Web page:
Family Says Hospital Doesn't Have Ability to Accept COVID-19 Plasma Donation

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Families whose loved ones are in the hospital with COVID-19 are unable to visit them, but they are on the outside doing all they can to pull their family members through this virus.  

One hope lies with getting a plasma donation from someone who has already recovered. 

The family of Jose Chavez says his life story is an incredible one of courage. Now at 77, COVID-19 is really taking a toll on him, and, if he’s strong enough to take a plasma donation, they’d like to secure that as a way to save him.  

Chavez’s family says doctors told them her Jose is losing strength. Chavez has been at Palmetto General the last two weeks.  

“He tested positive for COVID-19, let's say, 20 days ago,” said Isabel Betancourt, Chavez’s granddaughter.

His family said two decades ago, Chavez's raft was adrift in the Atlantic Ocean on his journey from Cuba for days, not knowing if he would make it.

When told he had COVID-19, Jose responded, "The Communists didn’t kill me and this won’t either."

His determination is a reason why the family is looking at every option now — they’d like a blood plasma donation done to see if that works.

“We are trying to find a plasma donator because family and friends who have been talking to doctors, people who have been reaching out to us, they have been telling us that probably in his state right now that is the only hope to save him,” Betancourt said.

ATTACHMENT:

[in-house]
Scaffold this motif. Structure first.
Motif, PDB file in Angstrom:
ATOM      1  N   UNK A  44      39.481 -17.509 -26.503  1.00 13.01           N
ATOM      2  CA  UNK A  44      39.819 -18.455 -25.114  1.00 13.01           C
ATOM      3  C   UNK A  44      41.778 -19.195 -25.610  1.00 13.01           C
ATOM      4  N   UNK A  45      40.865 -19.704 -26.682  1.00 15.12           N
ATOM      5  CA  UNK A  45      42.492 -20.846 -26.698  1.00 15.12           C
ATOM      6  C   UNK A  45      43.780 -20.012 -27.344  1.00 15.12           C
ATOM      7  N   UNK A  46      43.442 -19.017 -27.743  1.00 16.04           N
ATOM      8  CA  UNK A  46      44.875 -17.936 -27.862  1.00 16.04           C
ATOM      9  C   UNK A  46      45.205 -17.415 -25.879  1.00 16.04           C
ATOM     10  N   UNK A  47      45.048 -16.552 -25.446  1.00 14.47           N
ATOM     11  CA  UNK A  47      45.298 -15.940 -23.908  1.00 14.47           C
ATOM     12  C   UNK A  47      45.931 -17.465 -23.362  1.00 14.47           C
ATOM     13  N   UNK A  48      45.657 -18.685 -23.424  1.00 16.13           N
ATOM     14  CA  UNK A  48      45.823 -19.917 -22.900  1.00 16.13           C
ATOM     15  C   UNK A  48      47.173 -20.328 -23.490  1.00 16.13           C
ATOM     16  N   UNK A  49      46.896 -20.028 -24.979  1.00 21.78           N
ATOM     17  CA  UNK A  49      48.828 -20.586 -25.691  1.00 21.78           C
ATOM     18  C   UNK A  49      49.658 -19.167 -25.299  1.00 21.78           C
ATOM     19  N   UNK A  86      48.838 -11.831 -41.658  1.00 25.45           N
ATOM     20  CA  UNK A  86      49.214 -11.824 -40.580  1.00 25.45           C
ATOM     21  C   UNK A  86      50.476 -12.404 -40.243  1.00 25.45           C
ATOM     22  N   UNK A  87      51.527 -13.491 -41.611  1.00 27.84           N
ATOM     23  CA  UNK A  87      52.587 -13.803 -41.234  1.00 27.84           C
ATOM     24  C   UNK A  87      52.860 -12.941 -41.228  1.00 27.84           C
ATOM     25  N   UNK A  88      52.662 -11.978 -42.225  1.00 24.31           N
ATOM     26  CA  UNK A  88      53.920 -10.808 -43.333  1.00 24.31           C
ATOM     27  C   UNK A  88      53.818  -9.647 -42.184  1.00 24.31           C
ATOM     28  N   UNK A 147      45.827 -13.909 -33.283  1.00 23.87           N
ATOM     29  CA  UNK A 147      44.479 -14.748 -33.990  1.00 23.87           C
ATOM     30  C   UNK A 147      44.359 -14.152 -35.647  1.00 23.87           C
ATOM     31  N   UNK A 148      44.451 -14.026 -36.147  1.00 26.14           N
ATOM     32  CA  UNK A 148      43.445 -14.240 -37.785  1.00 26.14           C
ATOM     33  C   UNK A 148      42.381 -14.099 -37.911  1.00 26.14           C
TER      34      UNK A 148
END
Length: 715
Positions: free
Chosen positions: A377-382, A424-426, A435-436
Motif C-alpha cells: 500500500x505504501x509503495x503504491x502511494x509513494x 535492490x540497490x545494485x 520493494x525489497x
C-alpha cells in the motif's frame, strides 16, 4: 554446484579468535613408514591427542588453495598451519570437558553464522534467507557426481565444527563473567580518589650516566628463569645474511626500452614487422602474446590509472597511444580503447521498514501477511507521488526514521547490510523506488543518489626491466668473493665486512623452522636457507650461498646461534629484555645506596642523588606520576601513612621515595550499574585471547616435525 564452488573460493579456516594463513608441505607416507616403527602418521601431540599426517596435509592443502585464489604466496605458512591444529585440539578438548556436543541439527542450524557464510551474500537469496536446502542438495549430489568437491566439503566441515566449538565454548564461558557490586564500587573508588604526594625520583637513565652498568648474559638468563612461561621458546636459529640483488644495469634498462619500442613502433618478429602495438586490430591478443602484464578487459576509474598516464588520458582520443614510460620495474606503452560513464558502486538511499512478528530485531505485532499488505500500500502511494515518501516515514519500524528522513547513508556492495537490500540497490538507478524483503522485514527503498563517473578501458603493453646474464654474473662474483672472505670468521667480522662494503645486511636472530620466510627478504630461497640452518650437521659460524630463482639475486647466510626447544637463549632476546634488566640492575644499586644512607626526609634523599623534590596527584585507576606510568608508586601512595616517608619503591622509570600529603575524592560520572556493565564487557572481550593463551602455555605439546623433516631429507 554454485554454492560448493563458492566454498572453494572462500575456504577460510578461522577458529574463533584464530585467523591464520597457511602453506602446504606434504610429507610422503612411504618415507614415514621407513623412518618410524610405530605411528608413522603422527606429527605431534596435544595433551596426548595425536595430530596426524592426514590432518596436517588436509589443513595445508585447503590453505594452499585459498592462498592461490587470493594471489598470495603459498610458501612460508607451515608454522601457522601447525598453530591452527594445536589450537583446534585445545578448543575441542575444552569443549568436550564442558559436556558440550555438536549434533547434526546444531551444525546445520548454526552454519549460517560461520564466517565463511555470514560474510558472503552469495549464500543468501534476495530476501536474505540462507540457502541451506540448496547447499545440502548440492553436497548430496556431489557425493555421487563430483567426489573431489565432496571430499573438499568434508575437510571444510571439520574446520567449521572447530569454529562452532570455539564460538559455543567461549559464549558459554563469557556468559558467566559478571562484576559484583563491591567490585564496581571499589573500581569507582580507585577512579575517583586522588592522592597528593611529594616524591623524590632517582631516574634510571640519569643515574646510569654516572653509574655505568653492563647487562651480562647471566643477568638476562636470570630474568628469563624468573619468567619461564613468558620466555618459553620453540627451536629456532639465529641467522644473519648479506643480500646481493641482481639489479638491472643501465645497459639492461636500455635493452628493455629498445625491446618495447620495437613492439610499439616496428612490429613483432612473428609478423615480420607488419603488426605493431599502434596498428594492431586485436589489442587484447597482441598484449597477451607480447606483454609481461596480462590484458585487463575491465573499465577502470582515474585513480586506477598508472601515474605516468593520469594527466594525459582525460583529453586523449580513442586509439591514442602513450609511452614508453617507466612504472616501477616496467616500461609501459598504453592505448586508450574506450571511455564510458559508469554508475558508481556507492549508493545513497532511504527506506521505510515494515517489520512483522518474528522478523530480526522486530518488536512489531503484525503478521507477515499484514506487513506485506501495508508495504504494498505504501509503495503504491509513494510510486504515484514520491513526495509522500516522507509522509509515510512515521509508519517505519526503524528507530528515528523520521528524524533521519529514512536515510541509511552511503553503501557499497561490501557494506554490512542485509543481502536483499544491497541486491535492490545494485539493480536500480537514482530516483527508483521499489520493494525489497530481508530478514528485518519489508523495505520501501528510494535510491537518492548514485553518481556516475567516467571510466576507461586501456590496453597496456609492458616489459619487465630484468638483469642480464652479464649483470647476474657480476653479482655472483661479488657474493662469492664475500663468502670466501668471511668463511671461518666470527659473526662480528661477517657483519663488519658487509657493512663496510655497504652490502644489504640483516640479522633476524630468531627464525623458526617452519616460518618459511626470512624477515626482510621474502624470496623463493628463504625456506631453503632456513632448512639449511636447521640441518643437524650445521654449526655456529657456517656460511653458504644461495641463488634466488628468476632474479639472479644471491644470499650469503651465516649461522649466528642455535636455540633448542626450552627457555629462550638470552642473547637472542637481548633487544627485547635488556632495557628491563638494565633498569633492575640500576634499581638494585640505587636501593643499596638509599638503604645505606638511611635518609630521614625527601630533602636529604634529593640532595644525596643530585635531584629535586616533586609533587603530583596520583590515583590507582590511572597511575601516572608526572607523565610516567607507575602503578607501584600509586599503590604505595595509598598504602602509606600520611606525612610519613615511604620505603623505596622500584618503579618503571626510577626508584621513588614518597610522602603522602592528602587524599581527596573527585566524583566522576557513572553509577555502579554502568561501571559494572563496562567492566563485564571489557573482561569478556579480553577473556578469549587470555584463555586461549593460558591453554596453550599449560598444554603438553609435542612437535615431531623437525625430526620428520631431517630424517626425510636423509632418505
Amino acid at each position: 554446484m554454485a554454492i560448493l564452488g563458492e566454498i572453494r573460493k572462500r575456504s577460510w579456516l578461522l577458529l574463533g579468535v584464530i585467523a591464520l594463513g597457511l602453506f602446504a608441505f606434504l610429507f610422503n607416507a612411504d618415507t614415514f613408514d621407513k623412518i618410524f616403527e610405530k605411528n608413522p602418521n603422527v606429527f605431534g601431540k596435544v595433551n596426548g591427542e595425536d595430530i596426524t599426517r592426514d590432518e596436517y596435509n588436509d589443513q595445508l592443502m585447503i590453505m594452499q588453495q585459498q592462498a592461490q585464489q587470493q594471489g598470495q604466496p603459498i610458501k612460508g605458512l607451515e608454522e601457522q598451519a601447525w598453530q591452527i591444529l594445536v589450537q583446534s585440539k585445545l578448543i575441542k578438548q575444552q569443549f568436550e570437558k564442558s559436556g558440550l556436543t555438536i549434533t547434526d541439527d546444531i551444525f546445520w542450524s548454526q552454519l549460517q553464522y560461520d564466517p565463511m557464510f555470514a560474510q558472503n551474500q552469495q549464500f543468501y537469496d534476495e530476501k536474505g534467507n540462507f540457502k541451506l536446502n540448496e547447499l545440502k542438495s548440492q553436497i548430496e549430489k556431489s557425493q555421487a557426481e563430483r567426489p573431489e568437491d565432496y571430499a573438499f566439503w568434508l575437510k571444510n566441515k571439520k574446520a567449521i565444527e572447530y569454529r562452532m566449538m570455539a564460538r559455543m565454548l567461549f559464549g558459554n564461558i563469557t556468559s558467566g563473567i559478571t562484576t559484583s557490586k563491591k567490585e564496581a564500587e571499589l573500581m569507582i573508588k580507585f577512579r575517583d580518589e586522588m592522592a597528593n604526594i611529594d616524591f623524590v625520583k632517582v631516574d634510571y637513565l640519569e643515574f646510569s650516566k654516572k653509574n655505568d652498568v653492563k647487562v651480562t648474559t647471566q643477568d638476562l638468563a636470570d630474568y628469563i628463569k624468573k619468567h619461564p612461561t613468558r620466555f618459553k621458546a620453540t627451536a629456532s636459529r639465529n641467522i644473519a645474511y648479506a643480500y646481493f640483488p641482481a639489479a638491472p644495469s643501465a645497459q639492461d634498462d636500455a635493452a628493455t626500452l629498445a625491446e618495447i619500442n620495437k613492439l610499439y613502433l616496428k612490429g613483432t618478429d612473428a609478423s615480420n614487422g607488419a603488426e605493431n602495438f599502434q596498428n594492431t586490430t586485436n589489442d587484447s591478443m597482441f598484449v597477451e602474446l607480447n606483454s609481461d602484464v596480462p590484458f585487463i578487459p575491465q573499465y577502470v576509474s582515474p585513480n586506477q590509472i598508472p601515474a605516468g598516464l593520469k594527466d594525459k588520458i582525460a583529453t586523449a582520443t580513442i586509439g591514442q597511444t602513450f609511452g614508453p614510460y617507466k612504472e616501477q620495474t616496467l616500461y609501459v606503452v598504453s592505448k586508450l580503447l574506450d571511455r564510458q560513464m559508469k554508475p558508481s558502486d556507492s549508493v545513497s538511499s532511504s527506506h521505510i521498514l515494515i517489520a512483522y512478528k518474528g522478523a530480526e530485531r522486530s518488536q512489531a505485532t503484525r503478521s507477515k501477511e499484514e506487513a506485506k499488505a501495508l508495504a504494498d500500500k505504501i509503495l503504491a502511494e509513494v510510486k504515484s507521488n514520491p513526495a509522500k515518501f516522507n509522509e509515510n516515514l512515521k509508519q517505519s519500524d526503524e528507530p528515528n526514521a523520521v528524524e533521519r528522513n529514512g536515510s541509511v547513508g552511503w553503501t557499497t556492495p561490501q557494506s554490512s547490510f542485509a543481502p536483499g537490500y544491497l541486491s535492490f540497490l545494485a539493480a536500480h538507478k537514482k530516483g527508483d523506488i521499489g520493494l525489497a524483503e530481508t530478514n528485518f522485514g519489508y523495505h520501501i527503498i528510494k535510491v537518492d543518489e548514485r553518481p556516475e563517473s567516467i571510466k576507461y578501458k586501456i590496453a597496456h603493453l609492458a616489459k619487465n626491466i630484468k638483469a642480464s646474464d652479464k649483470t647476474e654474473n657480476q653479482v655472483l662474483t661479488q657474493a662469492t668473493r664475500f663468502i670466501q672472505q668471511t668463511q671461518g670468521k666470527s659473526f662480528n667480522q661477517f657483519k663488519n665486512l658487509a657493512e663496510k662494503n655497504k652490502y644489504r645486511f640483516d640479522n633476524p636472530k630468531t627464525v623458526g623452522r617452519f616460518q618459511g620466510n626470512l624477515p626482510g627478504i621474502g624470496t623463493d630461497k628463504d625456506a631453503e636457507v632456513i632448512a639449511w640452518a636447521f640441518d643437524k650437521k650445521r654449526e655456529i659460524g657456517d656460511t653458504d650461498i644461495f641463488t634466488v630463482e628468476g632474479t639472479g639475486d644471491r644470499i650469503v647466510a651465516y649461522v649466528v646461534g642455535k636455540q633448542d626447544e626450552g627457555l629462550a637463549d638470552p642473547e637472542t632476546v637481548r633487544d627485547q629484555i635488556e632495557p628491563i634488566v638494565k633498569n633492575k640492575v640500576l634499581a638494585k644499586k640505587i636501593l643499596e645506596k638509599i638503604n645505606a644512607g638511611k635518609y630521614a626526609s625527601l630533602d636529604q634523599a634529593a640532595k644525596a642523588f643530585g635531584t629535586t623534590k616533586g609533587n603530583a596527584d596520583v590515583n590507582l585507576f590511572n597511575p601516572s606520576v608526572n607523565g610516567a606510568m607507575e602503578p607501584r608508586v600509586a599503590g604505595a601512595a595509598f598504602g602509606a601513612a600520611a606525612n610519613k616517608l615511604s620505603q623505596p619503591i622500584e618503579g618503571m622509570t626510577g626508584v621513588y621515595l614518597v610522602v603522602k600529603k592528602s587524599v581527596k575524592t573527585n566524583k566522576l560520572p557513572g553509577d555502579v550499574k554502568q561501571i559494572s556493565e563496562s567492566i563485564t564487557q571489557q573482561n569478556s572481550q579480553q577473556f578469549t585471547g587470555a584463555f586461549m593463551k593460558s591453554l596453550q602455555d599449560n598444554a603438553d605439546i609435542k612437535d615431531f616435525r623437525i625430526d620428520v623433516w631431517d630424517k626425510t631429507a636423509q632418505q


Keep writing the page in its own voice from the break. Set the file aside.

Jose’s granddaughter says they are looking everywhere.

“We are trying to reach people who have been in contact with the virus and you know passed the virus but we haven’t found anyone who can do the donation,” Betancourt said.

They are frustrated by what Palmetto General told them even if they found a donor.

“The hosptial said that’s not even a policy. Even if we find the donator, they are not going to be able to give it to him because the hospital doesn’t actually have the protocol to do it,” Betancourt said.

We asked One Blood, the group organizing plasma donations, what a family looking for one can do. Spokeswoman Susan Forbes said they have to work with their hospital and their physician to see if their family member qualifies to receive a COVID-19 convalescence plasma, and if they do, the hospital will reach out to One Blood.

Palmetto General’s spokeswoman Shelly Weiss sent a statement saying, "Palmetto General Hospital is not a blood donation center. Donation of blood and collecting plasma for this purpose is complex, and is best done by an approved blood donation center. People who have recovered from COVID-19, and meet the criteria to donate plasma to current critically ill patients, can contact their local blood donation center for additional information. Convalescent plasma therapy is available at hospitals under strict guidelines during the COVID-19 public health emergency, and it can be used as an investigational treatment option for critically ill patients who meet the stringent criteria for eligibility. Access to this therapy is regulated by the Food and Drug Administration (FDA), and we adhere to their recommendations.“

However, we asked the hospital again to address the allegations made by Chavez’s family and have not gotten a response. 

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